The FBI has shut down the online drug bazaar Silk Road -- and arrested the man who they say created it.
Federal agents arrested Ross William Ulbricht on Tuesday afternoon, charging him with narcotics trafficking, computer hacking and money laundering. A sealed complaint filed by the Federal Bureau of Investigation details the charges and extent of the case.
The FBI also seized the Silk Road website, replacing its homepage with a banner noting as much, according to agency spokeswoman Kelly Langmesser.
The site, which started in 2011, was operated on an anonymous network known as Tor, software that makes it difficult to trace online activity. The only money accepted on Silk Road was digital currency bitcoin, adding an additional layer of anonymity to buyers and sellers.
Silk Road was commonly used as a marketplace to trade illegal drugs. But the FBI says it was also used to trade firearms, hire assassins and employ hackers.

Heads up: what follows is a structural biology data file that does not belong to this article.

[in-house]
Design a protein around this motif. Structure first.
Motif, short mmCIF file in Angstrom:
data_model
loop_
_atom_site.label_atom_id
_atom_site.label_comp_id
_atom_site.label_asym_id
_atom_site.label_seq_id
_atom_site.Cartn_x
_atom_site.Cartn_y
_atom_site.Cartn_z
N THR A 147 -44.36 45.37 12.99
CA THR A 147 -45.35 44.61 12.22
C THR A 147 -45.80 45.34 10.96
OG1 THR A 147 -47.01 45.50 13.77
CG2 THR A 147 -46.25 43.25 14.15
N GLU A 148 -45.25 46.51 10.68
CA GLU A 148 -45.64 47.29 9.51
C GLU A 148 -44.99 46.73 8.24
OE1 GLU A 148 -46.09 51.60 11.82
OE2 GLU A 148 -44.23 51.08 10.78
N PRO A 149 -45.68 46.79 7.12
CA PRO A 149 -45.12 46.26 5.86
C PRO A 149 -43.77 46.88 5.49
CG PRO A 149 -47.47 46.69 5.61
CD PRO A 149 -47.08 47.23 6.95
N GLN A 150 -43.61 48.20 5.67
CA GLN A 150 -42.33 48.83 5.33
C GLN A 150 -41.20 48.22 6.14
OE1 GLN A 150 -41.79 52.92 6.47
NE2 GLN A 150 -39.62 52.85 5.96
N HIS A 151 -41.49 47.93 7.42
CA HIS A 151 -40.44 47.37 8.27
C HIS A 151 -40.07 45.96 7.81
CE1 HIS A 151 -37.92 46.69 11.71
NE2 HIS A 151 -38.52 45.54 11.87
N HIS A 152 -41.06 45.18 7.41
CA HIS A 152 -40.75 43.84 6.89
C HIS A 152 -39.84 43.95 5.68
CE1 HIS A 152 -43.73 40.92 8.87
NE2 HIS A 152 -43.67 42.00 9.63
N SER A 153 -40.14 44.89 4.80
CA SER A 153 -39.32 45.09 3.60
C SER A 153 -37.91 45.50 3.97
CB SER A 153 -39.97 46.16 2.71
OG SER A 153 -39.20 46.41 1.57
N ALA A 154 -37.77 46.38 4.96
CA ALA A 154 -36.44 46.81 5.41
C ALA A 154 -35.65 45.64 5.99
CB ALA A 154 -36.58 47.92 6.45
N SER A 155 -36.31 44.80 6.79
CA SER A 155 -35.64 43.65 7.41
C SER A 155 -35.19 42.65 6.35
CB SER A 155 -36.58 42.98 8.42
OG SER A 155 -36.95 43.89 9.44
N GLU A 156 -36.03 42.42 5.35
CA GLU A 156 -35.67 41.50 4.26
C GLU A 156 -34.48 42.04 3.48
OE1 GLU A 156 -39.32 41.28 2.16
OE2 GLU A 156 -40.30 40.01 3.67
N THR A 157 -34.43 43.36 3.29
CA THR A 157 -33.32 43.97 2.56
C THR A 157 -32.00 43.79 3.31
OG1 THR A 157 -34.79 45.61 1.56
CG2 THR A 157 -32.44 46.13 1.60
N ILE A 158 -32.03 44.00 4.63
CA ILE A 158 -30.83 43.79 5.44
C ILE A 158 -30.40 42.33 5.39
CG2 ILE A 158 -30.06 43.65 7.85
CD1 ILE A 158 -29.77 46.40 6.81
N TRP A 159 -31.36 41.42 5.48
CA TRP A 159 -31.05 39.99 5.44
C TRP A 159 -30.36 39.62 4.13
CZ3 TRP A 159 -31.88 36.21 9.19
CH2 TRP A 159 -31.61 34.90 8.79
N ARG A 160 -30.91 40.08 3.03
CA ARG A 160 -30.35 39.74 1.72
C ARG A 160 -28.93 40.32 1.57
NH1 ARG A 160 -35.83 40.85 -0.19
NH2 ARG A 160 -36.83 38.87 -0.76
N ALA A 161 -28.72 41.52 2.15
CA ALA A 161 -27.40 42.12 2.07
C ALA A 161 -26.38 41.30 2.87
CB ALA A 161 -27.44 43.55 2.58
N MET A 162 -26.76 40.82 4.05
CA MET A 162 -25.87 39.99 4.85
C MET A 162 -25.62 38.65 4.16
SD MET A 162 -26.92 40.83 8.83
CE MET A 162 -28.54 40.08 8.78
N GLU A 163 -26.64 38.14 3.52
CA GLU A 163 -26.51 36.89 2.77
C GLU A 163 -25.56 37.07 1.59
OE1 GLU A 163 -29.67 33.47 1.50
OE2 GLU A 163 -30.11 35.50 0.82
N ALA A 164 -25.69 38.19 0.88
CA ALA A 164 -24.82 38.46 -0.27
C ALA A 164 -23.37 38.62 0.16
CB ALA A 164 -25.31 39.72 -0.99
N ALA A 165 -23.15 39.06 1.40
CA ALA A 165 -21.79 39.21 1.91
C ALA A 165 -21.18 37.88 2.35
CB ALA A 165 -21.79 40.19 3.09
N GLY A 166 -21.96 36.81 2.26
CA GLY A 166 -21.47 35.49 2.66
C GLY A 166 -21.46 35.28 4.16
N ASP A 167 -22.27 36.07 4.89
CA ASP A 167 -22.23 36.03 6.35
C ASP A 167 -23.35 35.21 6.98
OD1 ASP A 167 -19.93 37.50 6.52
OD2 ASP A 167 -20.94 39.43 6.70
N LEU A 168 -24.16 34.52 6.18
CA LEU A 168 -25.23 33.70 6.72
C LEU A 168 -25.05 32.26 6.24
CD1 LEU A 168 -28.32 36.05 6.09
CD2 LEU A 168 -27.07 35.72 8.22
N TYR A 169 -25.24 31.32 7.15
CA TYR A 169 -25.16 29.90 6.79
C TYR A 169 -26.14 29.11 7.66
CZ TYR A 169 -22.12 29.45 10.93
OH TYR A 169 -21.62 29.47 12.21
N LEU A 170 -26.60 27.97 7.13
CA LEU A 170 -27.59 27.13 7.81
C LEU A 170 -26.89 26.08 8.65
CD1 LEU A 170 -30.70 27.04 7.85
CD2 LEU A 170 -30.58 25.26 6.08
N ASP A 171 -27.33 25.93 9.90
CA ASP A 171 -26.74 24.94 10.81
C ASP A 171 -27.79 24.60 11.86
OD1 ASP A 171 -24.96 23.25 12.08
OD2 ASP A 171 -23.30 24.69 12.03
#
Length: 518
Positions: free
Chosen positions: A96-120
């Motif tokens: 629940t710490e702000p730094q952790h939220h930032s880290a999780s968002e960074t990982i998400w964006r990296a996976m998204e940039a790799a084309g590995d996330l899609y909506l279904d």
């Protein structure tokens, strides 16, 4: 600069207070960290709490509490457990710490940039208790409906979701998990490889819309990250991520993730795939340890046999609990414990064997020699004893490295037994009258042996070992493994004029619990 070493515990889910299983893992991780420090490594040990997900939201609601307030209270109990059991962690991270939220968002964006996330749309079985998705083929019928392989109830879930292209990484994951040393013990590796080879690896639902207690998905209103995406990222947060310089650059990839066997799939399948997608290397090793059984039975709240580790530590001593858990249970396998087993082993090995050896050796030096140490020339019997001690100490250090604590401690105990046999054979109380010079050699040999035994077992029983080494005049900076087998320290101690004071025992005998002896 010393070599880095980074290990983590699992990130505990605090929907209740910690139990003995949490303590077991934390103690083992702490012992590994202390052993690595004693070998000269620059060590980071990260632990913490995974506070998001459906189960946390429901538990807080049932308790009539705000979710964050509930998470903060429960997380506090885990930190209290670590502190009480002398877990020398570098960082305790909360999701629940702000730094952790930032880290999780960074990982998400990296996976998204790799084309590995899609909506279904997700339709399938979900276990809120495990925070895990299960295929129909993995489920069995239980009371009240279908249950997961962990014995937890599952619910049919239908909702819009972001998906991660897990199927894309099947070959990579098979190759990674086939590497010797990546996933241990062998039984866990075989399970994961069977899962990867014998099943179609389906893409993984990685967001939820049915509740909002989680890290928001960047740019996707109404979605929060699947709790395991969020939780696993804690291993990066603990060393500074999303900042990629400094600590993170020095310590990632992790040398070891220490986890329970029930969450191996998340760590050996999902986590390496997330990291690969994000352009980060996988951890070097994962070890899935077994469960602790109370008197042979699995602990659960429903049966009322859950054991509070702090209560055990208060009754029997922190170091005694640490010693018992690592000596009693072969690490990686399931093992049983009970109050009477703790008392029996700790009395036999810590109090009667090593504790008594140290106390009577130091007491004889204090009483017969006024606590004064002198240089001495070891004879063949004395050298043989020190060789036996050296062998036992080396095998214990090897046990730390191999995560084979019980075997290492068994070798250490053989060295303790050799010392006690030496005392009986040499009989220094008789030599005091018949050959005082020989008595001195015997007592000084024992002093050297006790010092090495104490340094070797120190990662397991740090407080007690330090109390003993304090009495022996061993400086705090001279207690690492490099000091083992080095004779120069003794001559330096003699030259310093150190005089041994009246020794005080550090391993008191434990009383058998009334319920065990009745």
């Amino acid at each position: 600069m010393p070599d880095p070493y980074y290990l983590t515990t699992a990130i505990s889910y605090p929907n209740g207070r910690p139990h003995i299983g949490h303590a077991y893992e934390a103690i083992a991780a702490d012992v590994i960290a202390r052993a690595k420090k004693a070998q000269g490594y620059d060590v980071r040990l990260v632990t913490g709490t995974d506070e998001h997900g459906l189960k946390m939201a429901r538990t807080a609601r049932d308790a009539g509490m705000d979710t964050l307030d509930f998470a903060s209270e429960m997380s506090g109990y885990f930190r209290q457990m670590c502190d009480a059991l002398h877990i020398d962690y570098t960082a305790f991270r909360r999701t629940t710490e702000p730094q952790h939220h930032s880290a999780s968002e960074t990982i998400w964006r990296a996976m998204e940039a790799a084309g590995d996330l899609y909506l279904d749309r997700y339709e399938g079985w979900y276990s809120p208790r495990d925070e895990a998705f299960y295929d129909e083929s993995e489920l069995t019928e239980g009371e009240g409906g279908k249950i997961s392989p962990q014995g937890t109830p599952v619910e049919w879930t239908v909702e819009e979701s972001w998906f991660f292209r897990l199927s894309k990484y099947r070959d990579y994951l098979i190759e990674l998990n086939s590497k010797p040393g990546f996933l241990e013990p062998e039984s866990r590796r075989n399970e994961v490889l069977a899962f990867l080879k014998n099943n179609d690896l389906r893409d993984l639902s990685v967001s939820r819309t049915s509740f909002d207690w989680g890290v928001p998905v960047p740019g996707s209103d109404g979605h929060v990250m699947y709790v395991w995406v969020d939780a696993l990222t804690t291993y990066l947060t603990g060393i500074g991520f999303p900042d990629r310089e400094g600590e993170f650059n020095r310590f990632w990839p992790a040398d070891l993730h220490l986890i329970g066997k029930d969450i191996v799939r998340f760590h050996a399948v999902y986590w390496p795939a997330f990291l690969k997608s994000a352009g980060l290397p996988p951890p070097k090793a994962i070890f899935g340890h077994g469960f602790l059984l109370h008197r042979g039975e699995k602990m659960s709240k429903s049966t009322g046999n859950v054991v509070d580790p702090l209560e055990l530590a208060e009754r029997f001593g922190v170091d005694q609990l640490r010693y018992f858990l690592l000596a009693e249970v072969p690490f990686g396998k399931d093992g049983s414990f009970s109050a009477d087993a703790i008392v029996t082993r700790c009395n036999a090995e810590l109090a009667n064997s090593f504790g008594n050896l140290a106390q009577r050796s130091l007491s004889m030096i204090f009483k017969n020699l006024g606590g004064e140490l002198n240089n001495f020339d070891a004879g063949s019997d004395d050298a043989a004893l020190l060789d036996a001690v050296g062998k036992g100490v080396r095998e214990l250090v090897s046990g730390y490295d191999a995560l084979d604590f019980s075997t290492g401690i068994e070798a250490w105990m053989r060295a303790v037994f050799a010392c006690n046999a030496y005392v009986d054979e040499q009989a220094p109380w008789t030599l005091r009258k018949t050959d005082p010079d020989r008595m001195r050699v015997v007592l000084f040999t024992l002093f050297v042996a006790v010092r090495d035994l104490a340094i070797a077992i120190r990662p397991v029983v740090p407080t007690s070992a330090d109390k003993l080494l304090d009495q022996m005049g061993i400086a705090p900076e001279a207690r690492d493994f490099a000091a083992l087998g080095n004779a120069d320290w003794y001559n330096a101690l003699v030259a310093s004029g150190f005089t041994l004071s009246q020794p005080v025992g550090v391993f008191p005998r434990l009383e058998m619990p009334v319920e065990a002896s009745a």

The FBI, along with the U.S. Drug Enforcement Agency, had worked on shuttering Silk Road and tracking down its creator for two and a half years. Ulbricht was arrested at the Glen Park branch of the San Francisco Public Library at 3:15 p.m. PT on Tuesday.
In its Sept. 27 complaint, the FBI claims Ulbricht was the infamous "Dread Pirate Roberts" who created Silk Road. A person under that pseudonym agreed to speak to Forbes in August about the site and the vision behind it: creating a digital world that exceeds the grasp of government taxes and laws.
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